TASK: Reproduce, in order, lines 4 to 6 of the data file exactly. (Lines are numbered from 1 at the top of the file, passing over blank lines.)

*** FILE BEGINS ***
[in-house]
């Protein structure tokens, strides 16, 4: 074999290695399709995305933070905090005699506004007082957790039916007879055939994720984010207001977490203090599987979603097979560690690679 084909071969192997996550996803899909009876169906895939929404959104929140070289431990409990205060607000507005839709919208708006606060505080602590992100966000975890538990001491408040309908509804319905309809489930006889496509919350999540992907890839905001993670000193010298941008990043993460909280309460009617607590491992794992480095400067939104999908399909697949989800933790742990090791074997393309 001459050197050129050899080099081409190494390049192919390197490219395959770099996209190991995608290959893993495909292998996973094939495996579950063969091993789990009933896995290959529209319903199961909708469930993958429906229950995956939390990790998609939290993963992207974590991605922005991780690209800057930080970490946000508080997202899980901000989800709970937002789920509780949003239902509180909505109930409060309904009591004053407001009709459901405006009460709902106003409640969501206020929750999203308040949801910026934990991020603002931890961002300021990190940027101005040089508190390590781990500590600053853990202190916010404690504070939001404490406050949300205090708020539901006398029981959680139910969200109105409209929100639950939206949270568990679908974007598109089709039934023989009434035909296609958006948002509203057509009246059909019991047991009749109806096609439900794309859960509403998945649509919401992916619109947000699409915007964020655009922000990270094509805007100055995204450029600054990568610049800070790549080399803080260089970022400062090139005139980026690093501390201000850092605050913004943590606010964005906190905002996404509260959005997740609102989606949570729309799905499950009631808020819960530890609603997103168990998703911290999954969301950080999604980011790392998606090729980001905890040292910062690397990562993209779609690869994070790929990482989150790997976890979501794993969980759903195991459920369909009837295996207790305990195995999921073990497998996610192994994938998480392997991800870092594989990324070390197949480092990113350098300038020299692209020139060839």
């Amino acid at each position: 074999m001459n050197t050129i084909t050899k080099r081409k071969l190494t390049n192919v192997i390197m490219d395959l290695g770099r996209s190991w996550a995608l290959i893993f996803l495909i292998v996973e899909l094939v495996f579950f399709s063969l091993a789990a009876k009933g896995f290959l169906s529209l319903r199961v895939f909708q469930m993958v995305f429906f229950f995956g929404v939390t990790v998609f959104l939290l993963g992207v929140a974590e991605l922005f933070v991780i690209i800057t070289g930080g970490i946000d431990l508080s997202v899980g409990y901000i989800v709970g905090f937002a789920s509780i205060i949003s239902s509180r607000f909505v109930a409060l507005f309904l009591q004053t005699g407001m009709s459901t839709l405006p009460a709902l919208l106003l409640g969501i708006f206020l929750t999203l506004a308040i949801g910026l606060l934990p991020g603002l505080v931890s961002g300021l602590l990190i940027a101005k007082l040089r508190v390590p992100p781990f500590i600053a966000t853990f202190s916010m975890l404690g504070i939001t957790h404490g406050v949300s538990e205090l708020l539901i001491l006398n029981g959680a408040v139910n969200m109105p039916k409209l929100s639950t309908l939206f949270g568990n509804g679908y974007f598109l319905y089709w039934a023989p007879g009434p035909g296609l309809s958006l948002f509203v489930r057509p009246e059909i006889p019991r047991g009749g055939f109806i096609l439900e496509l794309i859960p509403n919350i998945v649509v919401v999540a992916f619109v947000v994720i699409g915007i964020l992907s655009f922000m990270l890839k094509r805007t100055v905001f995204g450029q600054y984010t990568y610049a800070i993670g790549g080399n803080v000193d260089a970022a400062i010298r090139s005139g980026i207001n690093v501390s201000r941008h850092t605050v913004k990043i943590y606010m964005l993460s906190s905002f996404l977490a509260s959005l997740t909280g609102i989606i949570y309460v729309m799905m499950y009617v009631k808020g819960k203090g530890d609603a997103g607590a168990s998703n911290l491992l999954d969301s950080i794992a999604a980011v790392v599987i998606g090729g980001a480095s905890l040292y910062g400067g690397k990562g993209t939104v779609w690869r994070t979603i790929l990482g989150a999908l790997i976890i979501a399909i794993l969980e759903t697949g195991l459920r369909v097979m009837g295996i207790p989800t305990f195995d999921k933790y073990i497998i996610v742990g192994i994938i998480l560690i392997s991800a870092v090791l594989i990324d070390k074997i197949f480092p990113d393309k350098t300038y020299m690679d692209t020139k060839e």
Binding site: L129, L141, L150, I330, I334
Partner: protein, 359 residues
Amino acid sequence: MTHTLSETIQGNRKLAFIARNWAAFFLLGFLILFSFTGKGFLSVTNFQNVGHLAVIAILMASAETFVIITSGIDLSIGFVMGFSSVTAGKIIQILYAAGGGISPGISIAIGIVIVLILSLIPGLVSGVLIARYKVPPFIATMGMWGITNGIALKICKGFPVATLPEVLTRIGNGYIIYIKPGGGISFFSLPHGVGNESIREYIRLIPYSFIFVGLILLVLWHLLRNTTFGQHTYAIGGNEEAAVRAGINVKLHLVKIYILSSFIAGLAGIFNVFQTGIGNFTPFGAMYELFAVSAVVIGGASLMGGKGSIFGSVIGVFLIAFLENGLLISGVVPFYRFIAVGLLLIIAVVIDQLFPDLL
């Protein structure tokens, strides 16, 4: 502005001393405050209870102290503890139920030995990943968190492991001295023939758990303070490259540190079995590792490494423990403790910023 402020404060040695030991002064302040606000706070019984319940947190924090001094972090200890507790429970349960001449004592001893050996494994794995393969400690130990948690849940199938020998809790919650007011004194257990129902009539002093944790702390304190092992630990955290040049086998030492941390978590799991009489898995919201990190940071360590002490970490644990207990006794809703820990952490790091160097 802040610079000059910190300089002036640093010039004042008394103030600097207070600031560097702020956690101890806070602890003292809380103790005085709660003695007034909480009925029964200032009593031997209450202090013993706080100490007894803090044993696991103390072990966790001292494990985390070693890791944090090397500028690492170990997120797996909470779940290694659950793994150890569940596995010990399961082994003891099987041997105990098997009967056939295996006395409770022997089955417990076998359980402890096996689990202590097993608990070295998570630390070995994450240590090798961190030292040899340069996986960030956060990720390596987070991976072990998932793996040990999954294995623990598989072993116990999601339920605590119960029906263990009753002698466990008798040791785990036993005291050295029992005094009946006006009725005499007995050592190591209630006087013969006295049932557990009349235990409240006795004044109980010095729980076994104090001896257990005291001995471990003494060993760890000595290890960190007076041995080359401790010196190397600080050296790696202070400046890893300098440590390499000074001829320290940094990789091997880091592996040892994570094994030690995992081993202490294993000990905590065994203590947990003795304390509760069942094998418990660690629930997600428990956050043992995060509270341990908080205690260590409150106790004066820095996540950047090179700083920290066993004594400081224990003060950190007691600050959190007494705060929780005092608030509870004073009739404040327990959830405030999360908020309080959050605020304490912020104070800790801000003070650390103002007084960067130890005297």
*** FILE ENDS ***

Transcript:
Binding site: L129, L141, L150, I330, I334
Partner: protein, 359 residues
Amino acid sequence: MTHTLSETIQGNRKLAFIARNWAAFFLLGFLILFSFTGKGFLSVTNFQNVGHLAVIAILMASAETFVIITSGIDLSIGFVMGFSSVTAGKIIQILYAAGGGISPGISIAIGIVIVLILSLIPGLVSGVLIARYKVPPFIATMGMWGITNGIALKICKGFPVATLPEVLTRIGNGYIIYIKPGGGISFFSLPHGVGNESIREYIRLIPYSFIFVGLILLVLWHLLRNTTFGQHTYAIGGNEEAAVRAGINVKLHLVKIYILSSFIAGLAGIFNVFQTGIGNFTPFGAMYELFAVSAVVIGGASLMGGKGSIFGSVIGVFLIAFLENGLLISGVVPFYRFIAVGLLLIIAVVIDQLFPDLL